Tillerson’s frustration with the White House’s meddling began early and has been a persistent issue. “He went into this with a very negative attitude towards the White House,” said a former senior State Department official familiar with his thinking, who recounted that during the transition, Tillerson opposed a candidate proposed by Trump’s team simply on the grounds that Trump’s team was proposing him.
He has sometimes conducted talks with potential job candidates without telling the White House, said one person familiar with his actions. Tillerson has told senior officials that Trump promised him autonomy, and that he wanted it, according to people who have spoken to him.
“Rex is a 65-year-old guy who worked his way up from the bottom at Exxon, and he chafes at the idea of taking orders from a 38-year-old political operative,” said a former transition aide who worked closely with Tillerson.
DeStefano worked for years as a senior adviser to former House Speaker John Boehner before he joined the Trump administration, where he has struggled to fill thousands of jobs across the government, though the pace has quickened in recent weeks.
Where Tillerson is concerned, the frustration goes both ways. Many of his proposed nominees have been rejected by DeStefano’s Office of Presidential Personnel either because they are Democrats or because they are Republicans who were critical of Trump during the campaign. Though Brian Hook, the director of policy planning, told associates several weeks ago that the department had several people in the pipeline, few have been announced since, and the White House continues to resist Tillerson’s choices.
He’s also faced resistance to leaning on civil servants. Tillerson has expressed his desire to nominate Susan Thornton, a career foreign service officer now serving as the acting assistant secretary in the Bureau of East Asian and Pacific Affairs, to take over the job in an official capacity – a move the White House has resisted, saying they want a political person in the role.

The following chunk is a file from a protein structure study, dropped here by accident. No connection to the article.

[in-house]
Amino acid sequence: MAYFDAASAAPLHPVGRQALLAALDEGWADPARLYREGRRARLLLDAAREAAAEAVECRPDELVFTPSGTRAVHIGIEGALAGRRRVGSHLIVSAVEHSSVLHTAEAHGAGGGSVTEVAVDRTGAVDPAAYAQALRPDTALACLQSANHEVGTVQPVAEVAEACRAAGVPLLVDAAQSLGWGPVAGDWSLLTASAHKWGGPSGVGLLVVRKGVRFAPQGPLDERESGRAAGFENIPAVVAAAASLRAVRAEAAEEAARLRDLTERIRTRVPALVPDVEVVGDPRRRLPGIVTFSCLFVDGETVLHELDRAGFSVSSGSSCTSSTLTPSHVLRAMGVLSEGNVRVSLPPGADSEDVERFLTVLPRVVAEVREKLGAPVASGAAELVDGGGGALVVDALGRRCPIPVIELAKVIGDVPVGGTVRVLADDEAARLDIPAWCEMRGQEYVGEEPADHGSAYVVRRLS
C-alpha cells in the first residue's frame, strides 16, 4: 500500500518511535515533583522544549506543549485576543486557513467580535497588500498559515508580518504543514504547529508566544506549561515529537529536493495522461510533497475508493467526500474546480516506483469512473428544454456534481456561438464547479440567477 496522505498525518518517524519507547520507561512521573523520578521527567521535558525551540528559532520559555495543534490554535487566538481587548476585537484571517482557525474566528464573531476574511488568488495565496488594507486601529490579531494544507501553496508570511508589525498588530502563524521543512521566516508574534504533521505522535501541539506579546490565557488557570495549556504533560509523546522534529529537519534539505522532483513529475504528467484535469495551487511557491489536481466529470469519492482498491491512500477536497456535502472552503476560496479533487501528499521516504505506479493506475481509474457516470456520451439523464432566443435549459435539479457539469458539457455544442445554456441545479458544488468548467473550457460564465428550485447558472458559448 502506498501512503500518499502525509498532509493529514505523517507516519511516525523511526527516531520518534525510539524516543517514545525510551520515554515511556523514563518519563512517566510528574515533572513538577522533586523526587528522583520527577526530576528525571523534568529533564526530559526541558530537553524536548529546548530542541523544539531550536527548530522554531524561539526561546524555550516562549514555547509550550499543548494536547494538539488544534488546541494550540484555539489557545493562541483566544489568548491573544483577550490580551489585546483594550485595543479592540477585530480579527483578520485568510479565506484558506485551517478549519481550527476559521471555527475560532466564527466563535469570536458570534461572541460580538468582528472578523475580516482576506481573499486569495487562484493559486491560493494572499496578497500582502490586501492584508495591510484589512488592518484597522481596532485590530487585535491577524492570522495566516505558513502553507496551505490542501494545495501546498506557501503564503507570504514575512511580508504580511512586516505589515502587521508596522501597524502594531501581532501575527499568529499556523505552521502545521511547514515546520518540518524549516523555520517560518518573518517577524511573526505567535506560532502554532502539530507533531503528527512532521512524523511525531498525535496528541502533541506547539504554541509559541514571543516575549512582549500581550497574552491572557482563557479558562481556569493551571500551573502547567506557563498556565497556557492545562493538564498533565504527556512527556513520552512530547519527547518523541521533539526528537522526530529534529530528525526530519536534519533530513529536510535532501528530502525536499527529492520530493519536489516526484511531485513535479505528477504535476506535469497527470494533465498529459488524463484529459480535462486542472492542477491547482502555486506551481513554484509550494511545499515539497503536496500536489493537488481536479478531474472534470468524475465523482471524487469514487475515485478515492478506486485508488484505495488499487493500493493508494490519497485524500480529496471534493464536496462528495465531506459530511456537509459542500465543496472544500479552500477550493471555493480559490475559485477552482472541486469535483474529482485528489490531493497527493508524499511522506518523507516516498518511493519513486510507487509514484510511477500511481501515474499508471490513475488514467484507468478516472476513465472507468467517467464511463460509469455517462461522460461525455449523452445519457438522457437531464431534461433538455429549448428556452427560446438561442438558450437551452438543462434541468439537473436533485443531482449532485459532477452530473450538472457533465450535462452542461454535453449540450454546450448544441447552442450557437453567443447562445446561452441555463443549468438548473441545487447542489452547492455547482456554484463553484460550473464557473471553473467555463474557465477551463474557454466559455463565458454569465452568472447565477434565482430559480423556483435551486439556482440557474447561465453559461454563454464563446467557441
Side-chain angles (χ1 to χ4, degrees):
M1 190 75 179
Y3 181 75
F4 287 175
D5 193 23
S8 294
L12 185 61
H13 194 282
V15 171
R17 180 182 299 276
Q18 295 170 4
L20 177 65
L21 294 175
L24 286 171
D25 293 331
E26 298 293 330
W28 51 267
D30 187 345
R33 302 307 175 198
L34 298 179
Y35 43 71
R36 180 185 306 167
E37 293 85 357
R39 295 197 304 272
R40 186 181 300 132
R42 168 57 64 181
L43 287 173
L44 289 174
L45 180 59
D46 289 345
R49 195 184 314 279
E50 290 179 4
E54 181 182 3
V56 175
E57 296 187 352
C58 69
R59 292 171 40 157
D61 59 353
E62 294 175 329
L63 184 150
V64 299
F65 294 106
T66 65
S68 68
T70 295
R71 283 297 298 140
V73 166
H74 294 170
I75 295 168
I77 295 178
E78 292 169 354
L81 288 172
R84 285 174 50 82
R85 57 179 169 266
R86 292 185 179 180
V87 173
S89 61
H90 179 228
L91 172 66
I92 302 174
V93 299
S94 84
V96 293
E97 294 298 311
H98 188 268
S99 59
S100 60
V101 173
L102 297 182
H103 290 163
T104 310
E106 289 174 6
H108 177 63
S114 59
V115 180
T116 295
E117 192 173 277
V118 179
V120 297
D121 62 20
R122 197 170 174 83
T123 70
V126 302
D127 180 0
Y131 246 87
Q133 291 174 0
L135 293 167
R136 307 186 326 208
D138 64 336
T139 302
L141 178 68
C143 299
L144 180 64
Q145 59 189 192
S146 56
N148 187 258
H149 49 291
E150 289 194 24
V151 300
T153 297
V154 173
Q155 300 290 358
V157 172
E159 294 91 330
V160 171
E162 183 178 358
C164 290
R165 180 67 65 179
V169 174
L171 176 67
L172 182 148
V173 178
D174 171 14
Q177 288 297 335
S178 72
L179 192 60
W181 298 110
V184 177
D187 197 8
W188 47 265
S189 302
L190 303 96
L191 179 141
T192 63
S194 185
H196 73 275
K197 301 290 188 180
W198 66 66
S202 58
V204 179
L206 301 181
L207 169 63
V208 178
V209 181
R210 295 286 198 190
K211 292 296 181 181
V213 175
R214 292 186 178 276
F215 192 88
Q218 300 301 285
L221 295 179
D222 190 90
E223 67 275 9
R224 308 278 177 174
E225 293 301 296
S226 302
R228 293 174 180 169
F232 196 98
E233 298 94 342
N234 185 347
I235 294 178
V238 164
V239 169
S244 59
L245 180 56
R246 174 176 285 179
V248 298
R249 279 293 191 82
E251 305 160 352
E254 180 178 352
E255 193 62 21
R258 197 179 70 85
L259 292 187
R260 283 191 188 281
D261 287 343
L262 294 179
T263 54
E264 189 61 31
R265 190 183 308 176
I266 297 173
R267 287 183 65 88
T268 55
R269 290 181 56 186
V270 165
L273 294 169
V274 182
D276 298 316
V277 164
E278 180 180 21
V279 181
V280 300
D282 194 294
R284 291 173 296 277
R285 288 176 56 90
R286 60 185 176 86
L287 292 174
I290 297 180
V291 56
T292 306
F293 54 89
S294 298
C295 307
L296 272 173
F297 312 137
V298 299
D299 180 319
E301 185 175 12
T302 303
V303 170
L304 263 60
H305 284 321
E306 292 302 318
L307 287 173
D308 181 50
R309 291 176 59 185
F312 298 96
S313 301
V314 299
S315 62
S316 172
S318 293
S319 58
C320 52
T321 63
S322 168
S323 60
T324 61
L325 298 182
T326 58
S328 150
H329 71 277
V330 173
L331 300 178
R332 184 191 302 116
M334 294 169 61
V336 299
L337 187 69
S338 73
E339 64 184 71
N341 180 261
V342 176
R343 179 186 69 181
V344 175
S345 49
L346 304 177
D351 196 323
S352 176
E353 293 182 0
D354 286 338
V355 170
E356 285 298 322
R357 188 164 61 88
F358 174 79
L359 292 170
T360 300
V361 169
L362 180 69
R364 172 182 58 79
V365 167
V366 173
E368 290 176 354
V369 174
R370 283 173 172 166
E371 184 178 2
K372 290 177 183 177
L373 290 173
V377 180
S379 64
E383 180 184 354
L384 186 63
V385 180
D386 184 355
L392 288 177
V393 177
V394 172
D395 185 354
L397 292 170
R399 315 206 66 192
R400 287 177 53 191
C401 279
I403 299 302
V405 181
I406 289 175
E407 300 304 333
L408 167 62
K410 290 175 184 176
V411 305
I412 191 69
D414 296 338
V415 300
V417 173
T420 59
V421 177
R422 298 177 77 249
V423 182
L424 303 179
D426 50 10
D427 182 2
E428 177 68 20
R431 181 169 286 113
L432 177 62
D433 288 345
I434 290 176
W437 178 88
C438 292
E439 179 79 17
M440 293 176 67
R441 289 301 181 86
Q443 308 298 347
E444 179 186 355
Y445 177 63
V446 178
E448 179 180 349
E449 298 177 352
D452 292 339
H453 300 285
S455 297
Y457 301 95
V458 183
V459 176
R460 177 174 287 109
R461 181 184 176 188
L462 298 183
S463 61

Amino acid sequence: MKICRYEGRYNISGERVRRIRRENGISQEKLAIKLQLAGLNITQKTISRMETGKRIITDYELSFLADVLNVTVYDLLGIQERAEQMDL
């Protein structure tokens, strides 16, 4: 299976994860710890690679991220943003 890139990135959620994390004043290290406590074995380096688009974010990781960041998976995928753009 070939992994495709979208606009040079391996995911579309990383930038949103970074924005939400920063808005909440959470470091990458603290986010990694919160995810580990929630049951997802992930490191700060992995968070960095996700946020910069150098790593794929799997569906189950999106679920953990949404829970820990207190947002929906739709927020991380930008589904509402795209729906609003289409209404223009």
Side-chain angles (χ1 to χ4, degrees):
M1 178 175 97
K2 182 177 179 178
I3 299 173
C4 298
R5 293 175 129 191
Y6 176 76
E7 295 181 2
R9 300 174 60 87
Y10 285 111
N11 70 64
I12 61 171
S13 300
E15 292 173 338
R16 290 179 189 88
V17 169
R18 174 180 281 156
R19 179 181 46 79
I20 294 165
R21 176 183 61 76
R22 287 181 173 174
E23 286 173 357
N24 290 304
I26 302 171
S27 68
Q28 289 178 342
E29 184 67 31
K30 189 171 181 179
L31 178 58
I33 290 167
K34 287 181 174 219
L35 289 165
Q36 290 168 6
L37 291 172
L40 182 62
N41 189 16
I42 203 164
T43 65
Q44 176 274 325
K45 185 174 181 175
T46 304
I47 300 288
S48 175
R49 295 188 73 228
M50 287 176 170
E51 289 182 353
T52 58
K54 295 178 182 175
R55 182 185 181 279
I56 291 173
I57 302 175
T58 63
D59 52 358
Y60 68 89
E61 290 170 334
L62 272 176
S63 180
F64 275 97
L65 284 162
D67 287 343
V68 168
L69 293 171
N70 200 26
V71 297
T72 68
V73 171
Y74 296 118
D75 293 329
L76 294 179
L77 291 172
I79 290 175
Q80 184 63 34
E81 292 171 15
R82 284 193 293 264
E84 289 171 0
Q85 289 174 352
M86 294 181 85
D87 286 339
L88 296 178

“If the secretary is putting forward a nominee such as Susan, he is doing it because he believes she’s the most qualified and best fit for the position,” said Tillerson spokesman Hammond. “In this particular case he has the experience of working with her since she has been on the job since February. That includes a trip to Beijing, a visit from the Chinese president to Mar a Lago, and the first of a series of four dialogues.”
The secretary has additionally clashed with the White House over ambassadors, according to several people familiar with the conversations, and some of the conversations are ongoing.
Tillerson has also drawn criticism for isolating himself – with the help of Peterlin, his chief of staff – in his office on the State Department’s seventh floor and for cutting many career diplomats out of the policymaking process. That has frustrated the White House because even the president’s senior aides have had difficulty reaching him at times.
His leadership of the State Department seems a vast departure from his stewardship of Exxon, where he was considered a kinder, gentler executive than his predecessor, the combative and bombastic Lee Raymond. Asked about how to lead a large organization during a time of crisis, he told students at his alma mater, the University of Texas early last year: “You do have to communicate in times like this and you have to be visible.”